At this stage we can think of vertices 3, 4, and 5 as a "super-vertex." The neighbors of this super-vertex are the edges 04, 13, and 25. Note that we do not consider the edge 35 any longer as a neighbor because it joins two vertices which are contained "within" the super-vertex. Since the edge 13, coincidentally with cost 13, is the cheapest of the neighbors of the super-vertex, we next add the edge 13 to the growing collection of links.

      We can now continue in this way until our super-vertex consists of all of the vertices of the original graph. Here is the order in which the vertices are added to the super-vertex starting with the initial vertex 3: 4, 5, 1, 2, 0. Thus the edges added are: 34, 45, 13, 12, 10, which gives rise to exactly the same final collection of connecting edges as previously, as shown in red in Figure 4.

      Although Kruskal's and Prim's algorithms are quite well known, until relatively recently the algorithm of Borůvka was less well known despite the fact that it was discovered earlier and is cited in the papers of both Kruskal and Prim. How does this algorithm of Borůvka work? It is carried out in stages, just as the those of Kruskal and Prim are. The method applies to dot/line diagrams with weights where all of the weights are distinct, as happens to be the case in our example. Under this assumption, note that the "grabbing" operation described below can not generate a collection of grabbed edges which form a cycle! Thus, the edges selected either form a tree or a collection of trees (i.e. a forest).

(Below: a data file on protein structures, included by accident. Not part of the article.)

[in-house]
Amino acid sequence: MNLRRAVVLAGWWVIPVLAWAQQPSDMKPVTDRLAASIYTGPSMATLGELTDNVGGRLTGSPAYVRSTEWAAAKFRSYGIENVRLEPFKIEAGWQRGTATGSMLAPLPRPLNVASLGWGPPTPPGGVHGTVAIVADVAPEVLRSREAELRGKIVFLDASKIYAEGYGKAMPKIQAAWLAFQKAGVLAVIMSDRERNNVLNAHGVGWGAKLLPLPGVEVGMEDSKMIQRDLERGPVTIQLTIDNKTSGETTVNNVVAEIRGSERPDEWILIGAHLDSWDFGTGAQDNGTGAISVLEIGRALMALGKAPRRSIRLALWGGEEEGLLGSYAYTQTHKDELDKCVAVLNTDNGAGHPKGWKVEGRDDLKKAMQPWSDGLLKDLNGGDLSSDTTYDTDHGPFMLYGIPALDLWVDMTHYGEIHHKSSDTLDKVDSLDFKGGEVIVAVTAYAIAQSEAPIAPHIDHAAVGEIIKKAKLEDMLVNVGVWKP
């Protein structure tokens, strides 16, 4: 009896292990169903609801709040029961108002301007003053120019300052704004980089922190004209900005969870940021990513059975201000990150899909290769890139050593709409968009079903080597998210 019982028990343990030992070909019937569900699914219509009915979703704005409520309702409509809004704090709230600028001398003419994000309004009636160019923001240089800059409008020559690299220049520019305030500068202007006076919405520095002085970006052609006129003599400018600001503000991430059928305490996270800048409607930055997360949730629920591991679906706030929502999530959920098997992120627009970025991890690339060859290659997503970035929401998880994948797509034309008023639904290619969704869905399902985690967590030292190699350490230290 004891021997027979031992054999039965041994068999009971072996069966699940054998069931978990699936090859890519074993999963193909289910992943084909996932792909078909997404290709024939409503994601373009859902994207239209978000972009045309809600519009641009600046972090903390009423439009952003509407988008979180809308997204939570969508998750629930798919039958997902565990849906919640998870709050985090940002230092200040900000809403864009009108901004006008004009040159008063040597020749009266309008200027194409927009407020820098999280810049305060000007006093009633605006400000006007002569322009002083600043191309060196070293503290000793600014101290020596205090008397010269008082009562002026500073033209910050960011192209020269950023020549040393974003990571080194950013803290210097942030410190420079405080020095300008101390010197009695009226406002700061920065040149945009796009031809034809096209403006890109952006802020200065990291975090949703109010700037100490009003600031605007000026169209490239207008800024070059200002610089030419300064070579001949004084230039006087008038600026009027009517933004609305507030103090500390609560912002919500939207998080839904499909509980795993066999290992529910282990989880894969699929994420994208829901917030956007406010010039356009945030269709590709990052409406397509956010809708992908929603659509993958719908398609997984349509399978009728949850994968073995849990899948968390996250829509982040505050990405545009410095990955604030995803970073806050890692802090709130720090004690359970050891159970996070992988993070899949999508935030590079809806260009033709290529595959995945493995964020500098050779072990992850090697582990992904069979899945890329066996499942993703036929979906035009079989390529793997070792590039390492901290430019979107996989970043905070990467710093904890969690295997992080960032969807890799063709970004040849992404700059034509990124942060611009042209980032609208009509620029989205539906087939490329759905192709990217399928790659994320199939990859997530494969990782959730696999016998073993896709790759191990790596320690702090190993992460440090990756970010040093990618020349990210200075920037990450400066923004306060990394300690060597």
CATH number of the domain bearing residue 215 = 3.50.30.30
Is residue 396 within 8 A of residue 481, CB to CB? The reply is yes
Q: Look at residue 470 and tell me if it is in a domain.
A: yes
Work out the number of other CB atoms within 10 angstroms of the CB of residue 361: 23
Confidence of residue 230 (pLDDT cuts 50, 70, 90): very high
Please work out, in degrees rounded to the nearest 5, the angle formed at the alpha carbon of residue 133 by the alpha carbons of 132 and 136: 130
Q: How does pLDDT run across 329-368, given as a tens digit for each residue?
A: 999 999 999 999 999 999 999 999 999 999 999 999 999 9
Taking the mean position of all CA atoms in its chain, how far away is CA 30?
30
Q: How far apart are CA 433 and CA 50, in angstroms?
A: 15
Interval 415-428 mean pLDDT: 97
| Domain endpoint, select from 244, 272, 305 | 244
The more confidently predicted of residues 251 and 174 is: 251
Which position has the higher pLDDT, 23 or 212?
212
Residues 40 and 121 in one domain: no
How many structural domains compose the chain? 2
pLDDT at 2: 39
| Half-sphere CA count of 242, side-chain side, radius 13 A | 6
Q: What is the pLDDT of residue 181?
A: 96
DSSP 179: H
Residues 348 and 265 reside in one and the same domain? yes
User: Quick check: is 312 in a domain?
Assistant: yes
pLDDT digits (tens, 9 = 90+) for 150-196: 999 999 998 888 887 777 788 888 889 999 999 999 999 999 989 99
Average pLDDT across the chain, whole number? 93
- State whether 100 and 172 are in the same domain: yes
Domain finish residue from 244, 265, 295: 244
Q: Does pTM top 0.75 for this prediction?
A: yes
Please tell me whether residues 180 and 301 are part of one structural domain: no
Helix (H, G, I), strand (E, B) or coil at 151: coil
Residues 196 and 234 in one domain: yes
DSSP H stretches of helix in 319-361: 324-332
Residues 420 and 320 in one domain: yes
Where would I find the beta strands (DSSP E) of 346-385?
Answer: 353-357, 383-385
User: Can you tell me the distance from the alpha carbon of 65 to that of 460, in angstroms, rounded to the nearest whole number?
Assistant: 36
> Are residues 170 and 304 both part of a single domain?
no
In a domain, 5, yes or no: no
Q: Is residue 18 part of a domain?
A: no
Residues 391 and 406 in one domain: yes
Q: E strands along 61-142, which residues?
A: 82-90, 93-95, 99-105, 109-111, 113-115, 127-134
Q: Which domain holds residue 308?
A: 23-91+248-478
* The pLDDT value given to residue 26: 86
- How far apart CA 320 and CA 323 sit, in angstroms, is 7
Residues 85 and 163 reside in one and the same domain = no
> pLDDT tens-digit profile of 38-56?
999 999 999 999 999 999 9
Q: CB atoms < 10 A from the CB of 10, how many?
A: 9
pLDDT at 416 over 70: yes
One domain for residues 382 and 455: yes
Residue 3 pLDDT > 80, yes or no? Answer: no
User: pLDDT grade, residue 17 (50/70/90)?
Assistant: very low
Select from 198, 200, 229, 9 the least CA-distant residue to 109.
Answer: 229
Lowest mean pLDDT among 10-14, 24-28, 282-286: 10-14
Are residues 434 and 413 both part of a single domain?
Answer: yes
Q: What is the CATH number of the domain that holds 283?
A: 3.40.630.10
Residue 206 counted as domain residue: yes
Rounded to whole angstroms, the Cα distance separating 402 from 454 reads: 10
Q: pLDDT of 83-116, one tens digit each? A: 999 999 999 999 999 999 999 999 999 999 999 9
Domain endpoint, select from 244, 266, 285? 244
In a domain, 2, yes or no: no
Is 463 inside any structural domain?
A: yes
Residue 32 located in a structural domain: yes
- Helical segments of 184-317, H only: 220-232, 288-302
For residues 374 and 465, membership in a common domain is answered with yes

One stage of the algorithm consists of each vertex (or in later stages super-vertices) "grabbing" an edge which is adjacent to the vertex which is cheapest, without regard to edges grabbed by other vertices. Thus, since at vertex 0, the edges are 01, 02, and 04, the cheapest being 01 of weight 5, vertex 0 grabs edge 01. Vertex 1 has as adjacent edges 13, 10, and 12 and, thus, vertex 1 grabs the edge 12. Vertex 2, having adjacent edges 21, 20, and 25, grabs the cheapest edge 21, of weight 4. In a similar way, vertex 3 graphs the edge 34, vertex 4 grabs the edge 43, and vertex 5 grabs the edge 54. At this stage we have the current pattern of "grabbed edges":